Richard Alston Dance Co, The Place, London

Old Alston, new loos: what a treat!
Click to follow

My abiding memory of the old Place Theatre is the loos. Damp, subterranean, and permanently swathed in steam, as the ancient radiators were in constant use drying student dancers' towels. The fact that London's premier contemporary dance venue was visibly shared by the London Contemporary Dance School was part of its shabby charm. For it was here in 1969 that Robin Howard, a champion of Martha Graham, set up the school to introduce "modern dance" to Britain.

After a £7m makeover, the steaming towels are gone. The foyer and bar (no longer doubling as a scruffy rehearsal studio) are vistas of matt white and downlighters. The former drill hall of the Artists Rifles Volunteer Regiment now boasts six state-of-the-art studios as well as a library and 300-seat theatre. The latter, renamed the Robin Howard Dance Theatre, is the least altered feature of The Place. Upholstery is a welcome change from the old bum-numbing plastic seating. But it's still that same no-frills black box, with the same atmosphere of being a place where anything can happen.

That intimacy served Richard Alston well as his company christened the boards with a programme of own-label work. A revival of Lachrymae, set to Britten's melancholy variations on a Dowland song, projected more strongly than it did last year in the vastness of the Queen Elizabeth Hall, though to my mind the choreography – a series of mordant duets for three couples – never quite rises to the pitch of the music's searing anguish.

Strange Company, a new work, shows more dramatic depth and substance, using Schumann's Davidsbündlertänze to articulate the relationship between Clara Wieck (the composer's love) and the twin extremes of Schumann's personality, characterised by fiery Florestan and Eusebius, the dreamy introvert. Patricia Hines as Clara achieves a touching ambiguousness, too, as she repeatedly tries and fails to connect with these wayward forces. Jason Piper's Florestan is devilish in his firecracker fury, inspiring Alston to some of his most arresting dance-writing in years. I was less sure about the role of the chorus of Schumann's friends, whose balletic semaphore seems to add little beyond a formal frame for the trio. But this is a work I shall relish seeing a second time. And with luck it will retain the services of pianist Jason Ridgway, whose robust and searching playing adds immeasurably to the experience.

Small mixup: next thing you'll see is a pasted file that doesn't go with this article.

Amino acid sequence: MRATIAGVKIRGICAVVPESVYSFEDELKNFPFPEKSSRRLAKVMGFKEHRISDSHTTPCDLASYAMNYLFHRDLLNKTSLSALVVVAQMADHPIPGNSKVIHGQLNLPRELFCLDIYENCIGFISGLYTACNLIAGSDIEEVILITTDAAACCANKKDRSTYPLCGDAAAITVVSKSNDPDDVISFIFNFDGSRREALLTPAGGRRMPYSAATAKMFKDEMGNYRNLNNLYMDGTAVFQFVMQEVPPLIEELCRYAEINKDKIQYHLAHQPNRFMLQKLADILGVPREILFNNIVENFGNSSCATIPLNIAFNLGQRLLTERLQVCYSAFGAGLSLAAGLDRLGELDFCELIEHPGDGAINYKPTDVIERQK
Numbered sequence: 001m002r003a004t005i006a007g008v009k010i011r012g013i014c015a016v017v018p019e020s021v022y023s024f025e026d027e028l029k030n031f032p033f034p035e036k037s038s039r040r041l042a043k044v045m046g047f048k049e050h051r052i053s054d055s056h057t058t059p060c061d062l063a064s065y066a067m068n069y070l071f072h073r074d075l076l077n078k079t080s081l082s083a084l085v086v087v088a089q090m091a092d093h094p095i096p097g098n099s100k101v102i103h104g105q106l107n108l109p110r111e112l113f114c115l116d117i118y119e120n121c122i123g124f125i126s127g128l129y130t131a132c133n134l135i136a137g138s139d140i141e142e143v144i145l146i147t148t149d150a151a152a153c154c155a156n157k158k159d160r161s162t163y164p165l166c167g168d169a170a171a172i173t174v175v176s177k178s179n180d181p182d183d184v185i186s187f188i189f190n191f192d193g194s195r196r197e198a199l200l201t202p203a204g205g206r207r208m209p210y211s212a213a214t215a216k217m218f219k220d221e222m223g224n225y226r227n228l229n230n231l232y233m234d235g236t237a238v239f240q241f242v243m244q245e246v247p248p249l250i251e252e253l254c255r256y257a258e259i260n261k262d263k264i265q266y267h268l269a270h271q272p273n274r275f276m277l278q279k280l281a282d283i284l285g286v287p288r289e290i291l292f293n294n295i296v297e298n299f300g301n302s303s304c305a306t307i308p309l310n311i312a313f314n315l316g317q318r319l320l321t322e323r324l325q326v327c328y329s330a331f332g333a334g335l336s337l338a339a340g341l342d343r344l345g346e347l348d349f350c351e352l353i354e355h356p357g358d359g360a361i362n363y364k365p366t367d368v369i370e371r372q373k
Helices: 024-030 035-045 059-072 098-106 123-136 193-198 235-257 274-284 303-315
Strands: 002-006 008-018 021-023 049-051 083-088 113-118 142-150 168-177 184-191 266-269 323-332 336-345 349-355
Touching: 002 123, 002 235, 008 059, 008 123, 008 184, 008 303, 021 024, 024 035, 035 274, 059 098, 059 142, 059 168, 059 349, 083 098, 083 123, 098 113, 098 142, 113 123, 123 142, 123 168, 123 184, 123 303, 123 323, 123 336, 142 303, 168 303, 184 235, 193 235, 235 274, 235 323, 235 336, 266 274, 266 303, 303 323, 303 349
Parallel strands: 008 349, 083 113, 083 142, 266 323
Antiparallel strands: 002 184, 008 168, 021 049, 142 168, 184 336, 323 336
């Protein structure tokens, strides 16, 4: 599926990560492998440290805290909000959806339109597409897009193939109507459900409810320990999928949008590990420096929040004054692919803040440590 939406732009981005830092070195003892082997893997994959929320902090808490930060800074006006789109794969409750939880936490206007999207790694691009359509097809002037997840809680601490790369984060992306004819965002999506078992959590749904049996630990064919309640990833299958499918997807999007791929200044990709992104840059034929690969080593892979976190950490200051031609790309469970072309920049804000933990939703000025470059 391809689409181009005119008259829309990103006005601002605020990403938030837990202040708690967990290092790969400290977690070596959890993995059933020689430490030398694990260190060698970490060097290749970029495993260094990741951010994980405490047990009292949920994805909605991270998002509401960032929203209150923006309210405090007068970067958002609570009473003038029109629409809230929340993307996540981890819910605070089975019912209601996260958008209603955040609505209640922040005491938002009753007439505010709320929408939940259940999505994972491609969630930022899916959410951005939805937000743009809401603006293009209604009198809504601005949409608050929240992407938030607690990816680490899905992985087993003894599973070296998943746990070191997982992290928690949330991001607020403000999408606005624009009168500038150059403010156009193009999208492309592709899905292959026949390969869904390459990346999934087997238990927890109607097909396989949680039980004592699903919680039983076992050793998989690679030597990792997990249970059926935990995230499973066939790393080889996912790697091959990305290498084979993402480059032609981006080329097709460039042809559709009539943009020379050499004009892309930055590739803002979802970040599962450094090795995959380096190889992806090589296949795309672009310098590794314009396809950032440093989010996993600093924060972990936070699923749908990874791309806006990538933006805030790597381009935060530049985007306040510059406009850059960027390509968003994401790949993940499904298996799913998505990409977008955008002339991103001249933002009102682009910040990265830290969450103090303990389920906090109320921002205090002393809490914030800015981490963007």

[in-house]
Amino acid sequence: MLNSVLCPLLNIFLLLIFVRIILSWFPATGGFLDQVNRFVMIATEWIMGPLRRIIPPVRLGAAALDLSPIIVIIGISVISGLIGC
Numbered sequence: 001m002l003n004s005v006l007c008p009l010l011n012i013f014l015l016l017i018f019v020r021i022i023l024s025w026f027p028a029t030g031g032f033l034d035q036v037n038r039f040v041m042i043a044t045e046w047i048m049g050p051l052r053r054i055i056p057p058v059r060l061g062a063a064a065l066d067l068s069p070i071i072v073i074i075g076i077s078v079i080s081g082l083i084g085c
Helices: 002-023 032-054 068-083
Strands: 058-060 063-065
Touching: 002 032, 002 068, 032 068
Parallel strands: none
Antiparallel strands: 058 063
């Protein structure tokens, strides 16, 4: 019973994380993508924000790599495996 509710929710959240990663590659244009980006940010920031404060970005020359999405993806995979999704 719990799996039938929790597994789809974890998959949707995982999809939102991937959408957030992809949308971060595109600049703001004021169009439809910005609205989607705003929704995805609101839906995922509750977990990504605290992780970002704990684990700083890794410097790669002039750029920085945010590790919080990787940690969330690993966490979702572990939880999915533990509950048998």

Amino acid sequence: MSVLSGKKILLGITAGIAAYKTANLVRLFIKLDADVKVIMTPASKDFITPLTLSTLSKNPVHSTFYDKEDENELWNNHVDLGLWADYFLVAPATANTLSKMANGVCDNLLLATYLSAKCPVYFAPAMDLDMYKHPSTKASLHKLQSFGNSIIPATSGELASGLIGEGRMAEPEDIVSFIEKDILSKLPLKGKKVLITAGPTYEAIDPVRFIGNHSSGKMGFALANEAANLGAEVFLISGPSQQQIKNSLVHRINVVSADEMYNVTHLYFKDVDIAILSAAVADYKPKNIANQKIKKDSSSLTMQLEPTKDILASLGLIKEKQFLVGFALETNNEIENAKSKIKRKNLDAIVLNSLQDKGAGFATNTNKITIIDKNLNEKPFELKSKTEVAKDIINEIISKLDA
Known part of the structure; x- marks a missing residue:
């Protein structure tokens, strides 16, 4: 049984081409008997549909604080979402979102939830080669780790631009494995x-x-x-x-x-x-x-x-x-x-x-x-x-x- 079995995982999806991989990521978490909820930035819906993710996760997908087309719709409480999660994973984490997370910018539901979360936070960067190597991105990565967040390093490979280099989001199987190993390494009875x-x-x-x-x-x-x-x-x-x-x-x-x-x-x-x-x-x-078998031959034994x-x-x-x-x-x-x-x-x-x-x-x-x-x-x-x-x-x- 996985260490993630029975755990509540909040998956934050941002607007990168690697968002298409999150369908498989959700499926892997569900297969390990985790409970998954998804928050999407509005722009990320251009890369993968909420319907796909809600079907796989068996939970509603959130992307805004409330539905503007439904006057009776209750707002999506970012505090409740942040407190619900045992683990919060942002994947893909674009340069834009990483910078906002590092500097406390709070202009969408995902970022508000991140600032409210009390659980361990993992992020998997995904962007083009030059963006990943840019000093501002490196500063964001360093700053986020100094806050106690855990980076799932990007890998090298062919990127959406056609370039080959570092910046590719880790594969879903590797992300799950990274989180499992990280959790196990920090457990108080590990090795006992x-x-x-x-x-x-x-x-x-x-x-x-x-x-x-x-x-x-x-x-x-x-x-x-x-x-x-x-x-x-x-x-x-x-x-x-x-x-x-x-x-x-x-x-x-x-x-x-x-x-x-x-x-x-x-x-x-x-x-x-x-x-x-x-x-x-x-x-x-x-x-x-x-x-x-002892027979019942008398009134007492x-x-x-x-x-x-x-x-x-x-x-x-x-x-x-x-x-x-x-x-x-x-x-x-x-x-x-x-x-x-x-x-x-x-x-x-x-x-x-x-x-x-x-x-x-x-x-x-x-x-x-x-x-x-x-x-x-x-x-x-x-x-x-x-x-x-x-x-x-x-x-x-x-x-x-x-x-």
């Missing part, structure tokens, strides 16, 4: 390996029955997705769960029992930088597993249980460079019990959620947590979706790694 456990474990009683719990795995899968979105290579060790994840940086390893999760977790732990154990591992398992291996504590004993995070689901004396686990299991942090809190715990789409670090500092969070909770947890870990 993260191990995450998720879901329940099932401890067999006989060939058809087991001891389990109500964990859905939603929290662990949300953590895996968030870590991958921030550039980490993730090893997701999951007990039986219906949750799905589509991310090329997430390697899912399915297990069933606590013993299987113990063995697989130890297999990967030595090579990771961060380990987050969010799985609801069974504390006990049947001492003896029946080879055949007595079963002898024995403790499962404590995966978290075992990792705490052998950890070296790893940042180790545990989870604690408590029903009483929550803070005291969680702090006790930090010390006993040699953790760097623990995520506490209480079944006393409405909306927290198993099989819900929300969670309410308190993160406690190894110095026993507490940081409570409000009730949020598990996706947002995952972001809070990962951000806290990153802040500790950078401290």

Was it the comparative remoteness of recorded Handel that made Water Music miss the mark? Alston particularly chose Jordi Savall's unusually fast recording, which scuds through the minuets at a pace that engenders at times a most unregal hysteria. The 10 dancers are a puddle of sweat long before the end, despite their unflattering summery getups. (Cheesecloth shorts? Make a note: never again.) Granted, the piece was made in celebratory mode expressly for this occasion. But it misses opportunities for rhythmic and technical – as well as sartorial – subtlety, and in its gritted determination to go flat out, ends up just a little bit flat.

Alston is pretty much unique in British contemporary dance for his adherence to the old-fashioned principle of welding steps to music, particularly classical music. So it was instructive to be reminded how far he has travelled. Soda Lake, made 20 years ago when it was danced by a young Michael Clark, has no music at all. It relies for its setting on Nigel Hall's spare 1968 sculpture inspired by the emptiness of the Mojave desert. The hardware is in itself prosaic – a telegraph pole and a basketball net. But the emotional intensity generated by Alston's lone dancing figure (now the rangy Amanda Weaver, very sleek and fine), in a composition that relates intently to these structures, seizes you by the throat. With its simple, spacious shapes and frequent pauses for contemplation, Soda Lake's minimalism still speaks with a cool beauty and nobility. Richard Alston now focuses on making music, gesture and pattern connect as a single entity. But once he explored the echoing music of silence.

Derngate, Northampton (01604 624811), Tuesday and Wednesday; Cambridge Arts Theatre (01223 503333), 2 & 3 November; and touring